May 07, 2015

Breathe in!! Feel that Post Traumatic Growth happening.

I woke up cranky and sweet friends walked that crankiness out of my soul.

Boy, it is SO easy to become overwhelmed with life.  My brain has a quick-release switch.  When I feel stress building, I stop moving forward and spin in circles.  I'm grateful for friends who can  gently talk me out of my spins.

Isn't it interesting how our situation can be the exact same and feel so entirely different?

Yes, I can look out of the same window and see a yard full of unfinished work and a yard full of beauty.
I learned yesterday about Post Traumatic Growth Theory- PTG. We hear SO much about PTSD (post traumatic stress disorder) and not enough about PTG!

Post traumatic growth theory does not suggest that there is an absence of suffering as wisdom builds, but rather that appreciable growth occurs within the context of pain and loss. In fact, some measure of significant distress may be necessary for growth to occur, although too much distress may impair the bereaved and render them unable to engage in the growth process (Butler et al., 2005). Along with growth or wisdom-building, the fruits of PTG may also include a preparedness or “resilience” for future events that may otherwise be traumatic (Calhoun & Tedeschi, 2006; Meichenbaum, 2006).

Oh!!  I love this!!  I want to get my PhD in Post Traumatic Growth Theory!!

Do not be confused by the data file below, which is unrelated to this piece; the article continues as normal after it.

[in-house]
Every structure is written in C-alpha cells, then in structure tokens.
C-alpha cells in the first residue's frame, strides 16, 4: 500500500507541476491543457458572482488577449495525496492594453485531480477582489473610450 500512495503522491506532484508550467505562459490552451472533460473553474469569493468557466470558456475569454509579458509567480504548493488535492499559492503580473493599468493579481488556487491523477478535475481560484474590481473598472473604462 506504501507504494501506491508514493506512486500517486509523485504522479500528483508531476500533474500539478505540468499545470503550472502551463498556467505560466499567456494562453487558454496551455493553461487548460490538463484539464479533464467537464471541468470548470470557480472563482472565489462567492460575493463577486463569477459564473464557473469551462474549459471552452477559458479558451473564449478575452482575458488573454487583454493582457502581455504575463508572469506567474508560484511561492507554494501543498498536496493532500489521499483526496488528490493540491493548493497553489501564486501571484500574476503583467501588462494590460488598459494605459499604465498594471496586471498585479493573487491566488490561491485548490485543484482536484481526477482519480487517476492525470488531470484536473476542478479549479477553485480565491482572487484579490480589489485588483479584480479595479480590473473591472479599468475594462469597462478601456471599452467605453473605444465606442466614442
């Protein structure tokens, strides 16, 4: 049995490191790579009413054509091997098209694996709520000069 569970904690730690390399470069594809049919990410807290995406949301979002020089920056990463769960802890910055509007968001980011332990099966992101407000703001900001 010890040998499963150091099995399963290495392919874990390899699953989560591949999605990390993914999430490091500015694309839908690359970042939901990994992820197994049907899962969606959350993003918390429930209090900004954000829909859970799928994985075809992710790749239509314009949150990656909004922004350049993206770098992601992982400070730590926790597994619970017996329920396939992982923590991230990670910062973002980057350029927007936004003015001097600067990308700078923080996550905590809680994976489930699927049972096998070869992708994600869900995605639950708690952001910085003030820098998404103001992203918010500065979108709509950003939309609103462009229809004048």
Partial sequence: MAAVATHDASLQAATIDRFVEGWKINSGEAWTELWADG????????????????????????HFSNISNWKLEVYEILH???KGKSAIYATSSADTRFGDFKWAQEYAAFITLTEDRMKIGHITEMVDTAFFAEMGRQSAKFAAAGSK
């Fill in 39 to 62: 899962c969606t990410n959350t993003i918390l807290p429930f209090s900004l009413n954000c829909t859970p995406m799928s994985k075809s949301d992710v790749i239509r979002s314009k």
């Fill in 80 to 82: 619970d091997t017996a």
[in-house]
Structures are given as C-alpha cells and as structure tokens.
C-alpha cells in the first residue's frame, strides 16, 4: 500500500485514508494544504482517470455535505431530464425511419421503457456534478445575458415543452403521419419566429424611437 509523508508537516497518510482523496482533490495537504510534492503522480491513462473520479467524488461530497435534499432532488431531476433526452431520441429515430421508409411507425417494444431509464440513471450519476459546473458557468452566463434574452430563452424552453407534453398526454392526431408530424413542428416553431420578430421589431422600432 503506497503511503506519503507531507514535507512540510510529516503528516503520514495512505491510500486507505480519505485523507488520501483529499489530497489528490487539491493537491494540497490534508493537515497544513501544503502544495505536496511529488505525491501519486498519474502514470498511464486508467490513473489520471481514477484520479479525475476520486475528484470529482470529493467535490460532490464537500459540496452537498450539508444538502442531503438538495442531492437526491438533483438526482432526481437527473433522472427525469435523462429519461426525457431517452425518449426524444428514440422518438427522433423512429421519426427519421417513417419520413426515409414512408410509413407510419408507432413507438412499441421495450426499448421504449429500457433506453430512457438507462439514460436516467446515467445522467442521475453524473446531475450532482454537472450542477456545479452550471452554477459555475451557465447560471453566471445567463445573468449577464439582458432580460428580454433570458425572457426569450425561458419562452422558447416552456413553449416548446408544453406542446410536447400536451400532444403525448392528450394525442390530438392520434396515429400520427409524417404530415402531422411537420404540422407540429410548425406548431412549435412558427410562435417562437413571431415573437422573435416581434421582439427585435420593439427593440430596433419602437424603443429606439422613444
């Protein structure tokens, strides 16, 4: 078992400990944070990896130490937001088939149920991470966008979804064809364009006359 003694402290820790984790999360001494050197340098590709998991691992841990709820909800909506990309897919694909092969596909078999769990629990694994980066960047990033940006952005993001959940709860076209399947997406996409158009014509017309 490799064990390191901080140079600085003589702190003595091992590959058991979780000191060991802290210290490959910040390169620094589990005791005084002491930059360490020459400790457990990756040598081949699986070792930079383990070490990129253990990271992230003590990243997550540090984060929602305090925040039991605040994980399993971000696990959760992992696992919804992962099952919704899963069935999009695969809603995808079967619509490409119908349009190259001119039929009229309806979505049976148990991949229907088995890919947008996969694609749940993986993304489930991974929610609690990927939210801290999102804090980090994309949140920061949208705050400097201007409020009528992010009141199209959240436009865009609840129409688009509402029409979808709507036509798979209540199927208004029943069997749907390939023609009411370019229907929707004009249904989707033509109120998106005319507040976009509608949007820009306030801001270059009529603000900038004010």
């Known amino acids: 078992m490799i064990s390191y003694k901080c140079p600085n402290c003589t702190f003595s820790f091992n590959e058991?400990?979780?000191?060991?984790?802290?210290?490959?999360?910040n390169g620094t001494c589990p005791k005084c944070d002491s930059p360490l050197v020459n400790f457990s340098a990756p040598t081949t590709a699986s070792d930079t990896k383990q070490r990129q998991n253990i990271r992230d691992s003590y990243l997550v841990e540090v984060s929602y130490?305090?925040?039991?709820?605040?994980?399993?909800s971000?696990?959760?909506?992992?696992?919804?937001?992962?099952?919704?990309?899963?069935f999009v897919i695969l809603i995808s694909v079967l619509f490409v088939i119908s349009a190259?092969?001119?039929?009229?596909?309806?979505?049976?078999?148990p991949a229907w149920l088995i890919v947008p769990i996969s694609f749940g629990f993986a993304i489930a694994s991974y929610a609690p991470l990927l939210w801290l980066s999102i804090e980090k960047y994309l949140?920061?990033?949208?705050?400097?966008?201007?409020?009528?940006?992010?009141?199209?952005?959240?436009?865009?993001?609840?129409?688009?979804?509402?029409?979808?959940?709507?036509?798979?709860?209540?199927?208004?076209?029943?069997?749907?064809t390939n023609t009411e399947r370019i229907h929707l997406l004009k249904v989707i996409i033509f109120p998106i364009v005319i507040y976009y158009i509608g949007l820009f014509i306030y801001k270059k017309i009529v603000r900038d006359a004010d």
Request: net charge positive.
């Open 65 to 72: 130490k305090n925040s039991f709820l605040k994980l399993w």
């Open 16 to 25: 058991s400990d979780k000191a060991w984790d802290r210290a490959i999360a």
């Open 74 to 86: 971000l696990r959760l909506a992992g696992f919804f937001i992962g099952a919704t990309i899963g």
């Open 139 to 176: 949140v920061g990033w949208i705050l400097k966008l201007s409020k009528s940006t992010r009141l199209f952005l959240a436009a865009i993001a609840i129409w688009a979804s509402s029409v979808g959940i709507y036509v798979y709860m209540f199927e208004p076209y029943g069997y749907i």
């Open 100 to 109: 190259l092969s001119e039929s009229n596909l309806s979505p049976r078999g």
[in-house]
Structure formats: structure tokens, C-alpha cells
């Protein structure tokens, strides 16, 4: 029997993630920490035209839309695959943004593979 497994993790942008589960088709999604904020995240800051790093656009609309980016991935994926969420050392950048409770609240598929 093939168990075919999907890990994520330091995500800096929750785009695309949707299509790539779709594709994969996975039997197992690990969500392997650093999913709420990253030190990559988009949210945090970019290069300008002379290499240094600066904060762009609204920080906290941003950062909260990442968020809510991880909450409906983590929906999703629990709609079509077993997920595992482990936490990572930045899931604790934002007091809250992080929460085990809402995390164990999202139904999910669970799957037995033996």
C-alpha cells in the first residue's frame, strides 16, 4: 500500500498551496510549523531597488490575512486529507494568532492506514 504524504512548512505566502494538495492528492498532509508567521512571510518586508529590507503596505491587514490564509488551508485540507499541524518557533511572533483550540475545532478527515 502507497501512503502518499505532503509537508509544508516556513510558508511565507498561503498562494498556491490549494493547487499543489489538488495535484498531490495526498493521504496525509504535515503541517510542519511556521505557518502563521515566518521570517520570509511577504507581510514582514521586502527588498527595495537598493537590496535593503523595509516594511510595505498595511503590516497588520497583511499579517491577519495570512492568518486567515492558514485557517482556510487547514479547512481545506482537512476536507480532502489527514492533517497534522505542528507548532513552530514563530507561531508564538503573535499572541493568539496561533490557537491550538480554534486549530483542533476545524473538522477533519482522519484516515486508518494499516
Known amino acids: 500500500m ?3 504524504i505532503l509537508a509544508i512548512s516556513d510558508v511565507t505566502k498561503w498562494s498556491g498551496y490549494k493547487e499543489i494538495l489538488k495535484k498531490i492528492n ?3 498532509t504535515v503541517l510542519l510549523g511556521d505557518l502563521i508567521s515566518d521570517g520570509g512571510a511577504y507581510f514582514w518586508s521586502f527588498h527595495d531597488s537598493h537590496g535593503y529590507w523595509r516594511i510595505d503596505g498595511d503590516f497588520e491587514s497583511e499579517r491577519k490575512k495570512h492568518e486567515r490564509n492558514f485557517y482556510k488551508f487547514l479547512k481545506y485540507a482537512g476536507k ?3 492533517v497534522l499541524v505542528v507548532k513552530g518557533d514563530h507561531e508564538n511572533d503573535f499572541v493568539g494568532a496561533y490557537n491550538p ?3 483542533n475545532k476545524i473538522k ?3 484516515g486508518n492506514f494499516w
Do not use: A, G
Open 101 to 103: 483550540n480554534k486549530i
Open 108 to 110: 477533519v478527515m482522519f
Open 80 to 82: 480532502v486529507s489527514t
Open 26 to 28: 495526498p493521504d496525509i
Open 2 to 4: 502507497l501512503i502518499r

On Netflix there is a TED Talk series.  I love them.  I started very skeptical of Jane McGonigal: The Game That Can Give You 10 Extra Years of Life, but I loved what she has to say about healing.

As a result of meeting her pain head on, she began to turn a corner and reconstruct her life on terms that were much richer than she had ever known before. “As foreign as a place as I was [as a suicide survivor], there was also enormous beauty,” says Spexarth, who lives in Seattle and took frequent walks in nature to heal as well. “My senses were heightened. Walking out the door, every little thing was alive. I had never had that kind of sensitivity to my environment.” Spexarth’s experience – what she calls a “profound awakening” – is not unusual among survivors of traumatic events. The phenomenon is called “post-traumatic growth” and it’s at the opposite end of the spectrum from post-traumatic stress syndrome, which almost always precedes it, says Melinda Moore, a psychologist and assistant professor of psychology at Eastern Kentucky University in Richmond, Kentucky. In other words, you can’t have growth without trauma.

Oh, may I never loose this sense of gratitude!
Go for a walk today!
Wow!  Life is beautiful!


Arthur & Gene said...

Got to follow up on reading about this disorder. Thank's Jenifer...I am really struggling to put my home back together with what little I have saved. Life was so good in New are a favorite memory. Hug Jacob and Drew for us. Gene

Christine suldinger said...

Thanks for sharing Jenifer I found this very interesting.... Your yard just looks amazing and beautiful to me as usual

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